Urban Development Perth

Three great things about Perth urban living

Decades of urban sprawl have seen Perth’s boundaries stretch a staggering 120km from north to south. However – in line with national trends – rather than buying a big block on the outskirts of the city, many Perth residents are choosing to live as close to the city as their budget will allow.

In fact, the residential population of Perth City (which covers parts of Crawley, East Perth, Northbridge, Perth and West Perth) grew significantly from 11,416 persons in 2006 to 16,720 persons in 2011 – showing just how popular Perth urban lifestyles have become1.

Whether it’s the older character of the houses, good access to infrastructure and local amenity, or the more practical appeal of shorter commutes – there’s a lot to love about living in Perth’s more cosmopolitan suburbs.

Connected communities

Featuring heavily in the City of Perth’s 2029+ Vision1, social inclusion is immensely important to the people of Perth. Feeling connected to our communities can help develop a sense of social inclusion and belonging.

  • Many urban dwellers believe that the connectivity, inclusivity and vibrancy felt within local communities gets stronger the closer to the city that you get – due in part to the abundant social infrastructure in Perth’s urban suburbs.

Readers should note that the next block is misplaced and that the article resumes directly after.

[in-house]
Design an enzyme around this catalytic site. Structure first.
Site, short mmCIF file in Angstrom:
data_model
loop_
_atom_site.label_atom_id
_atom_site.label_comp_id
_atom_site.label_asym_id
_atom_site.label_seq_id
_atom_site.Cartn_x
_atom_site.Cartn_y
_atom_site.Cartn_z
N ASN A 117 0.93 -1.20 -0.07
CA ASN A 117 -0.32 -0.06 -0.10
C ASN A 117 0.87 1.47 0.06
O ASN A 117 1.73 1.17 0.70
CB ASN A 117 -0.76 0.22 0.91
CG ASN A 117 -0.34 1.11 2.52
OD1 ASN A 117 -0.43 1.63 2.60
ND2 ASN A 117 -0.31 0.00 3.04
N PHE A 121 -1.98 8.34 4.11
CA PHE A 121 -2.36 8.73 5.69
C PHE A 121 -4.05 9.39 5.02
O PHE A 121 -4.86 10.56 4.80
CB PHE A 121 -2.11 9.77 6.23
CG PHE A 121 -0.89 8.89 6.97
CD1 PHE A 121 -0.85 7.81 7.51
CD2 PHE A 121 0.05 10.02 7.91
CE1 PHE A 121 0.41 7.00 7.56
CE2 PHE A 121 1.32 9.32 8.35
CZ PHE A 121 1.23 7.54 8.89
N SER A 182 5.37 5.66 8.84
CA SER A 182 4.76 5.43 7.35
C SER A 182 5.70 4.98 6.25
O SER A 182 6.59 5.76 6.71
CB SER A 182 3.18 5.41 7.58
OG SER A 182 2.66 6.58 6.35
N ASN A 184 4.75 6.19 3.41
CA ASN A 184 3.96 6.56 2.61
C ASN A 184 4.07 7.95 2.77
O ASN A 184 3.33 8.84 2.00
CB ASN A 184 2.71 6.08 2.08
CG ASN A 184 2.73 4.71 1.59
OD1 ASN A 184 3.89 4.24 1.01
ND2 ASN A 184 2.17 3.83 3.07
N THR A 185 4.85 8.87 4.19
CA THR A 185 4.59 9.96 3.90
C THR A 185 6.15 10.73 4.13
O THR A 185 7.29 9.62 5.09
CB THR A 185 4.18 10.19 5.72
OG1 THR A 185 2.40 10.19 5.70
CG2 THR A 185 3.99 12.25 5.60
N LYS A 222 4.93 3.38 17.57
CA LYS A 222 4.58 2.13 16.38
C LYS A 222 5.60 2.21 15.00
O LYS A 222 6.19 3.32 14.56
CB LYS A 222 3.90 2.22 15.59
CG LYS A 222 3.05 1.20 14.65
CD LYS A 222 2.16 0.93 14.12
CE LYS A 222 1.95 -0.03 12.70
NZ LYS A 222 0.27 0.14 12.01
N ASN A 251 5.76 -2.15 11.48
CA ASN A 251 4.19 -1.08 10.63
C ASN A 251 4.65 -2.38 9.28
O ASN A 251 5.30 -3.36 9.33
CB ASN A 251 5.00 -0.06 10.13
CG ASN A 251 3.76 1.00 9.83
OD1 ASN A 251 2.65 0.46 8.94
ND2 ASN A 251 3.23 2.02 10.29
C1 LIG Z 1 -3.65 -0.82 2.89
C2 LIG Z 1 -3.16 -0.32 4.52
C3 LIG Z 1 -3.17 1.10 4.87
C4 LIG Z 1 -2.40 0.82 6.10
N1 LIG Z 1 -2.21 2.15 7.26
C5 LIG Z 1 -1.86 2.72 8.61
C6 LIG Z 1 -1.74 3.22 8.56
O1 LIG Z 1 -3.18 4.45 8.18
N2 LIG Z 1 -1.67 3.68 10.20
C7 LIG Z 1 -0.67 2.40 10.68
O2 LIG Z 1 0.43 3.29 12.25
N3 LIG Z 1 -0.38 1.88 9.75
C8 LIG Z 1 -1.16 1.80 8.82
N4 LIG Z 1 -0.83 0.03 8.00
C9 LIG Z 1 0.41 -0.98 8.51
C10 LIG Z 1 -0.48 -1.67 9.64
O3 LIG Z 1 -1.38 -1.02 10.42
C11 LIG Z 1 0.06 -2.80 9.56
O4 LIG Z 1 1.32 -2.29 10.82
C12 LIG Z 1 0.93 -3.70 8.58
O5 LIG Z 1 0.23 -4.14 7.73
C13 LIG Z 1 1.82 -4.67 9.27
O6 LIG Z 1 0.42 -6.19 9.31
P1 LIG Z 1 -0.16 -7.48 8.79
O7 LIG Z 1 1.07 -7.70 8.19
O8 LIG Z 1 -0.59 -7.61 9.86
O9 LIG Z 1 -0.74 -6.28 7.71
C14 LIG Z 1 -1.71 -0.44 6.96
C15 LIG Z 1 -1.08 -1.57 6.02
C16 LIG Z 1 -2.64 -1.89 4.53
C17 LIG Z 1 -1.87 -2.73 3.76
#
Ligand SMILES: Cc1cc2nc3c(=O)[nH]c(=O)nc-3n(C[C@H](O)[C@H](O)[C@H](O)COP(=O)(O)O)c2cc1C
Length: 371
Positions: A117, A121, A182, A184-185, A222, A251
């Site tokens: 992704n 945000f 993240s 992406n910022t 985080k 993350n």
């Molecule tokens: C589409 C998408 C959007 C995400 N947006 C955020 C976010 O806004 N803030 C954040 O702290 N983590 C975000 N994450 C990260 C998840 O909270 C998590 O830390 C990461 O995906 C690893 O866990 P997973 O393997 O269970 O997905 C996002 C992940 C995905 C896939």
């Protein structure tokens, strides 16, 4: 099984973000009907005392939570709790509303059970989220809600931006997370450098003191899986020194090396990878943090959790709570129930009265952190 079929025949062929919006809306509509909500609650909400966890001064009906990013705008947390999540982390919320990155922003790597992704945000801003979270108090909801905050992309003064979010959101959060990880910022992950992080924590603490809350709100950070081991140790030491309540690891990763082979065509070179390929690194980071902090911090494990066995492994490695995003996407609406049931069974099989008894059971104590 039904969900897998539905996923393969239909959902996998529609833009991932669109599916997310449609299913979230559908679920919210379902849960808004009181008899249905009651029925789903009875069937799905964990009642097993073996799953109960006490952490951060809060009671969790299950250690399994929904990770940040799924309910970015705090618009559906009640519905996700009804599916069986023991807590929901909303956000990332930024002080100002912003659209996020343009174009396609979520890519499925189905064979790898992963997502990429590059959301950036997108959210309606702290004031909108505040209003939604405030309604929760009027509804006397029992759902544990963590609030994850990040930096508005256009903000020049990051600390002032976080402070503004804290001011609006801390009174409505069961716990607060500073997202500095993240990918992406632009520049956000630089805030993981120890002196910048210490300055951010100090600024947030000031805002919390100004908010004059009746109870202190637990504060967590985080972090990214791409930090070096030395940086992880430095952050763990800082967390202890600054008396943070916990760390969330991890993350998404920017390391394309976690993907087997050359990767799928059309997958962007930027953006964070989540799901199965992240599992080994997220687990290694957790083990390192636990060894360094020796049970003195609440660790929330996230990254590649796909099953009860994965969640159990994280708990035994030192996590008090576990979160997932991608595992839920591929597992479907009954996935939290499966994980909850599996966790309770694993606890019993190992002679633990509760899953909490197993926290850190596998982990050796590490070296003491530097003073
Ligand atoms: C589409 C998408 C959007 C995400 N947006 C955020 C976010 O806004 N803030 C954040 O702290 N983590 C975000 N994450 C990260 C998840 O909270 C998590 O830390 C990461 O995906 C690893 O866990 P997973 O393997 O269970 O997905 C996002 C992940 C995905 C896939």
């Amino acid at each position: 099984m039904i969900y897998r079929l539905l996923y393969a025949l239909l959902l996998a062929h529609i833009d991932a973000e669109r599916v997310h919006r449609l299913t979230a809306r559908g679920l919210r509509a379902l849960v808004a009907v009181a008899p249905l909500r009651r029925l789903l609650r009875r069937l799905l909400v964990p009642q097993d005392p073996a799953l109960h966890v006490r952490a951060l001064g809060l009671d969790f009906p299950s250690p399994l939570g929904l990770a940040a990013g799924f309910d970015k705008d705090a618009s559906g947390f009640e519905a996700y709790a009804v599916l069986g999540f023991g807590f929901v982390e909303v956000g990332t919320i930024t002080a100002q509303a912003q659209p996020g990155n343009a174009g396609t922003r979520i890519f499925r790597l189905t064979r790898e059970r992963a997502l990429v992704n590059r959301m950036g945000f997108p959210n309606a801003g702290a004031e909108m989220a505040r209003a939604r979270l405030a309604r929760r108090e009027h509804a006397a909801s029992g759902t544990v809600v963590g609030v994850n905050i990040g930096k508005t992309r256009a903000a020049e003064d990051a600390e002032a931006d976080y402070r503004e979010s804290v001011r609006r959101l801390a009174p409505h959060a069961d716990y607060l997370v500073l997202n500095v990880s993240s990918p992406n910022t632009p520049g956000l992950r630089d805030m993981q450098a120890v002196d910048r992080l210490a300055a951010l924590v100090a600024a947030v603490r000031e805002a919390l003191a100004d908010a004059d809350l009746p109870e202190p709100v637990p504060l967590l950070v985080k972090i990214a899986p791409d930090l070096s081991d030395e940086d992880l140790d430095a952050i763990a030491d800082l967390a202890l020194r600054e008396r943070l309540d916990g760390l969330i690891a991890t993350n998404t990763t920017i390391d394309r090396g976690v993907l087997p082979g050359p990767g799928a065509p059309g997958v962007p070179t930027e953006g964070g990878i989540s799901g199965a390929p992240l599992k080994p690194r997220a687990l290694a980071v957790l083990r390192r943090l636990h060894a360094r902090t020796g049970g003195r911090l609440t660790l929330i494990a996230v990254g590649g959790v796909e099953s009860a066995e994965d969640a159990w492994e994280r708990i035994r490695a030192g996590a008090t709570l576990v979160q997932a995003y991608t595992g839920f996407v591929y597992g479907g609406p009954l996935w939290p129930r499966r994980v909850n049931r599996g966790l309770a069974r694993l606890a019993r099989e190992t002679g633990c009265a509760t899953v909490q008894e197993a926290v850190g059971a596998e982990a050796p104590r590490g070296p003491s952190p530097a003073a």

• Access to local amenity and infrastructure is another big drawcard, with many of the suburbs that surround the city providing superior access to quality schools, transport hubs, shops, dining and entertainment, parks and other recreation.

More time doing the things we enjoy

Shorter, less stressful and in many cases more sustainable commutes are another factor enticing people to move closer to the city. By reducing our commutes, we create more time to spend with family and friends, doing the things we love.

  • Combatting Perth’s growing commute times, 20% fewer of workers residing in Perth City travel by private car to work compared to Perth Region averages, while 27% fewer Perth City households own at least one car1.
  • Lifestyle factors aside, the cost of commuting can quickly add up too. According to a 2014 study into work related travel, Perth ranked as Australia’s most expensive city in which to own and drive a car to work2. With the average Perth commuter forking out up to $1900 each month on parking, petrol, registration, insurance and maintenance, its no wonder people are seeking lifestyles that offer greater transport alternatives.

Housing style and character

Then of course there’s the distinctive character of homes that surround the city, many of which feature Federation style architecture complete with high ceilings, hardwood floors, front verandas and feature gables. Yet character needn’t mean old and run down.

  • There’s huge potential in Perth’s urban suburbs for renovating houses in keeping with their architectural period. As well as for demolishing and redesigning contemporary homes and gardens on existing urban lots, allowing owners to combine prime city land with a house that meets their 21st century lifestyle needs.

One thing is for sure: we love being urban (or rather ‘Erban’) dwellers and we’re here to stay. Get in touch to find out how we can work with you to design a home that meets your needs, now and long into the future. Or why not tell us (below) what you love most about Perth city living?

SOURCES:

  1. City of Perth Strategic Community Plan: 2029+ Vision (link)
  2. ABC: Commuting by car in Perth is the most expensive in Australia | 16-04-14